Big Guy and I had a lot to learn about my sexual response. Part of the problem was that neither of us understood female sexual response in general.
Even before our marriage began its long season of disconnection, I thought something was wrong with me sexually. Had I understood that my sexual response was perfectly normal, I could have prevented a lot of difficulties in our marriage.
Sex was supposed to unite us. Unfortunately, our lack of understanding of our sexuality became a barrier between us.
I thought my sexuality was supposed to look like what I had seen in my husband, in movies, and in magazines.
According to all these sources, sexual response looked like this:
- Desire precedes arousal. The thought of wanting to have sex is what makes your body ready. My husband, after all, could take just one look at me or have a passing memory flash into his mind, and his body was ready to go.
- Orgasm is easy. It happens via intercourse. It happens every time, too.
- Once sex has begun, you’re so intent on what’s happening that you wouldn’t know if the rest of the world fell away. The physical need for release is the sole focus of the mind.
Sexual response in me, however, looked quite different:
- Arousal preceded desire. Except for the fertile days during my cycle, I rarely wanted sex until I was already having it and was feeling aroused.
- Orgasm was difficult for me. Even when it happened, it took forever. Intercourse rarely did the trick.
- I was easily distracted—by kids, by traffic noises, by the presence of the dog, and by the to-do list in my head for the next day. Even if my body was physically aroused, if my mind wasn’t in the game, the desire was over for me.
My sexual response didn’t look like I thought it was supposed to.
I saw this as evidence of problems. I often wondered if I was broken, thought I was being punished for premarital sexual sin, and assumed that our relationship was in trouble.
Comparing my sexual response to my husband’s (and, I thought, to the rest of the world’s) left me feeling broken. It affected my view of myself, of sex, and of our marriage.
Sadly, my husband was making the same comparisons.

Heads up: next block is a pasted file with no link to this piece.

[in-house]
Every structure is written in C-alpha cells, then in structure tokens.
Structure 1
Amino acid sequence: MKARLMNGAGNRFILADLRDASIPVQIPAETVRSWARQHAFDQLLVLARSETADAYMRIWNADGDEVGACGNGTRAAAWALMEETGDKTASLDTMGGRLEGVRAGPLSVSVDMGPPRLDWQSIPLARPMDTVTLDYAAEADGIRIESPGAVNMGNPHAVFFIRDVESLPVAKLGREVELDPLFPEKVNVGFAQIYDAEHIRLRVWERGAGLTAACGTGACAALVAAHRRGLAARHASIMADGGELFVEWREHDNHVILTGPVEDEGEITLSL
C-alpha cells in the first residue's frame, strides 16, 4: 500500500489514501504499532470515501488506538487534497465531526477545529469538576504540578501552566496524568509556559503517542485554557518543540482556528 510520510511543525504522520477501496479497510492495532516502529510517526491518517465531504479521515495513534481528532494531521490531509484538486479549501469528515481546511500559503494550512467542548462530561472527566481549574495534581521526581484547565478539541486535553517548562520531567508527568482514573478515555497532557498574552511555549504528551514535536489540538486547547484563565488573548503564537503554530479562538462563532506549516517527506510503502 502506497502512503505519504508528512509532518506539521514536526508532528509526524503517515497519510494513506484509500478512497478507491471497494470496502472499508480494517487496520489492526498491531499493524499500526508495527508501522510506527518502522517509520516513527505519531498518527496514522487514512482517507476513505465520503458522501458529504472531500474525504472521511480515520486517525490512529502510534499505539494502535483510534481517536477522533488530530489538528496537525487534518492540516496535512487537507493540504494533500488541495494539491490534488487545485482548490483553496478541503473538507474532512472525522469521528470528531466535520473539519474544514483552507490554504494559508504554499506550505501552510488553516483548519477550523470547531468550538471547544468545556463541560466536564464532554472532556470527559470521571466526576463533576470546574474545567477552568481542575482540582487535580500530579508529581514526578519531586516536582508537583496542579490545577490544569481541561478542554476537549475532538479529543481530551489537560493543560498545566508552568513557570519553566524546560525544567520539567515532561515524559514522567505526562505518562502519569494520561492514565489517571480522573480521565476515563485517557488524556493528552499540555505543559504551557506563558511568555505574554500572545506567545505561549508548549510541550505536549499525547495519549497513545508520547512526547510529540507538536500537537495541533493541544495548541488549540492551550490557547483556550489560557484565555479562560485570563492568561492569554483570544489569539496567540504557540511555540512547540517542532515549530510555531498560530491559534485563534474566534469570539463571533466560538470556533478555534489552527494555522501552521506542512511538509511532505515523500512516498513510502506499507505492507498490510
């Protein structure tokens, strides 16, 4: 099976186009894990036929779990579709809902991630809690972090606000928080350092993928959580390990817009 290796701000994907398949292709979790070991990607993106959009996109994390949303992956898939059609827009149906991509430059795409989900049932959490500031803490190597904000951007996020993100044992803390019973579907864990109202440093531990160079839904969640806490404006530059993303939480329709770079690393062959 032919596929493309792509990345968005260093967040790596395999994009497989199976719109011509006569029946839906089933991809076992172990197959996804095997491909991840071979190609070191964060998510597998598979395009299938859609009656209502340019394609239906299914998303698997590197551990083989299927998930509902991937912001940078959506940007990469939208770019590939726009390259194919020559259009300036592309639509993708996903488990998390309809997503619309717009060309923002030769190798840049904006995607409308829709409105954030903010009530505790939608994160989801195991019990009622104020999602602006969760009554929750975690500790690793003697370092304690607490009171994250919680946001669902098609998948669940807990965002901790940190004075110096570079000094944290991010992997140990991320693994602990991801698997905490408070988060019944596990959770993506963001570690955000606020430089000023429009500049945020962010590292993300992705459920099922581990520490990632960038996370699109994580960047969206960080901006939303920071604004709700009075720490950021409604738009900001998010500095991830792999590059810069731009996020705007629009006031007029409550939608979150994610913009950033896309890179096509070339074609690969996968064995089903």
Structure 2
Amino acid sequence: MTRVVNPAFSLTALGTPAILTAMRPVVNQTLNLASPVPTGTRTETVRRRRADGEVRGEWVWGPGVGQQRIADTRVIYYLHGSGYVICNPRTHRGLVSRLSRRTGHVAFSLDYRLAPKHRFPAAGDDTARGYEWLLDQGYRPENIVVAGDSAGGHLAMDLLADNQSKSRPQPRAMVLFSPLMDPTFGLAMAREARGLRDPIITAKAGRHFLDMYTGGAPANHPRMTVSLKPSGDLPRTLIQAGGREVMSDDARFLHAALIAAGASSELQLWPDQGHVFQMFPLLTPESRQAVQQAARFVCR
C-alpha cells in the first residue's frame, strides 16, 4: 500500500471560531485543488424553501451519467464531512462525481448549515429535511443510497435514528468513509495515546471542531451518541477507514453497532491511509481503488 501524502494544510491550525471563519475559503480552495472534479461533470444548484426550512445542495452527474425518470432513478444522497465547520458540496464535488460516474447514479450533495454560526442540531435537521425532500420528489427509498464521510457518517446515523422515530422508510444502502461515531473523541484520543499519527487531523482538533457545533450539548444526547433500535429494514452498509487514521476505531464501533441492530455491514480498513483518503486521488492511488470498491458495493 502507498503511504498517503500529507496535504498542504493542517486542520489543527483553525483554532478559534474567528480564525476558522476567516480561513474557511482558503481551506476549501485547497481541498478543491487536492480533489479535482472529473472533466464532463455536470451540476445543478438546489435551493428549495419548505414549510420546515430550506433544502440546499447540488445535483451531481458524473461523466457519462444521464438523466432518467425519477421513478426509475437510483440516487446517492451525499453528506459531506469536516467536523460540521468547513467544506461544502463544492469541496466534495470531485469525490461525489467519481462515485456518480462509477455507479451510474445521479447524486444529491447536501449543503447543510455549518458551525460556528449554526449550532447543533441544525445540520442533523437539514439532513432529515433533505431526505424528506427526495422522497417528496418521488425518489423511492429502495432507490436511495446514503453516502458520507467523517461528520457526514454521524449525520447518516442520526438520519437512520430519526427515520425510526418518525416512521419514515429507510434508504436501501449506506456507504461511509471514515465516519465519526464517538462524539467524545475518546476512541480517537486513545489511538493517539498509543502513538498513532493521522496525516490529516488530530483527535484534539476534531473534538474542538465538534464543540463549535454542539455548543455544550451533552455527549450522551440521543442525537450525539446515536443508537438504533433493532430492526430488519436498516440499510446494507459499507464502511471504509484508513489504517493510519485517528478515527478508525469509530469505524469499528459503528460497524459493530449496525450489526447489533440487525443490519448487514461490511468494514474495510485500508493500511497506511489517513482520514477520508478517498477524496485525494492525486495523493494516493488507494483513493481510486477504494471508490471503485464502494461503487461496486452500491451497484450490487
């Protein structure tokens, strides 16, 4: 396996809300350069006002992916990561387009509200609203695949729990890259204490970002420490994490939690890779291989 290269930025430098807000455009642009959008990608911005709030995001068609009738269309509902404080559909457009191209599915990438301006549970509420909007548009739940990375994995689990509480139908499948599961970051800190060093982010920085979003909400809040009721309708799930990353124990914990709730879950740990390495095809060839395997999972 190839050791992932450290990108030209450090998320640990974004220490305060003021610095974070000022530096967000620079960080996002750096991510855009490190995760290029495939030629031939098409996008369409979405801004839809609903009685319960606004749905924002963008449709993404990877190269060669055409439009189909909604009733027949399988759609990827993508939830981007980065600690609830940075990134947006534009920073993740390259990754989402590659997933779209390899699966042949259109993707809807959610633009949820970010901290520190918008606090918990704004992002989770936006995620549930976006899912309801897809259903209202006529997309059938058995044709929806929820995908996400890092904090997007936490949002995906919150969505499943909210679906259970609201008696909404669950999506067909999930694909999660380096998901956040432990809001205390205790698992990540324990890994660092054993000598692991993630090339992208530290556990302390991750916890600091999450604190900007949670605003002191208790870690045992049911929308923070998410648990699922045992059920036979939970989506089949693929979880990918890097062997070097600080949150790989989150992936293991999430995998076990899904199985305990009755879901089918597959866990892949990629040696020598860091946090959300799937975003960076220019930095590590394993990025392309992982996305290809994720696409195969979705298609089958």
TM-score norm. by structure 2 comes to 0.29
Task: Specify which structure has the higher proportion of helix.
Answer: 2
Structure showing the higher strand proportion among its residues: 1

His sexual approaches often involved asking me if I wanted to have sex. I didn’t (because in me, desire happens after I’m aroused), so I would answer truthfully and say no. Or I would say yes, thinking maybe I could get into it, but he perceived that as little more than duty sex.
He was concerned that perhaps my lack of desire was because he wasn’t a good lover, thinking, If I gave her more orgasms or better ones, she would want sex more.
He thought that because I didn’t show desire like he did, either I had a problem or he wasn’t lovable.
Our lack of understanding of the fact that it is normal for my sexual response to look different from his led to so much heartache over the years.
Earlier this week, I ran across research that reminded me of how normal I was in my sexual response.
A 2003 study* of the diagnosis of female sexual dysfunction (published in the Journal of Psychosomatic Obstetrics and Gynecology) drew conclusions that made perfect sense to me:
“It is apparent that fulfillment of sexual desire is an uncommon reason/incentive for sexual activity for many women and, in fact, sexual desire is frequently experienced only after sexual stimuli have elicited subjective sexual arousal. The latter is often poorly correlated with genital vasocongestion.”
In other words, here is what it found:
- The prospect of an orgasm is not typically what leads women to want to have sex.
- The desire for sex often comes only after the woman thinks she is experiencing arousal (in other words, only after her mind is in the game, not just her body).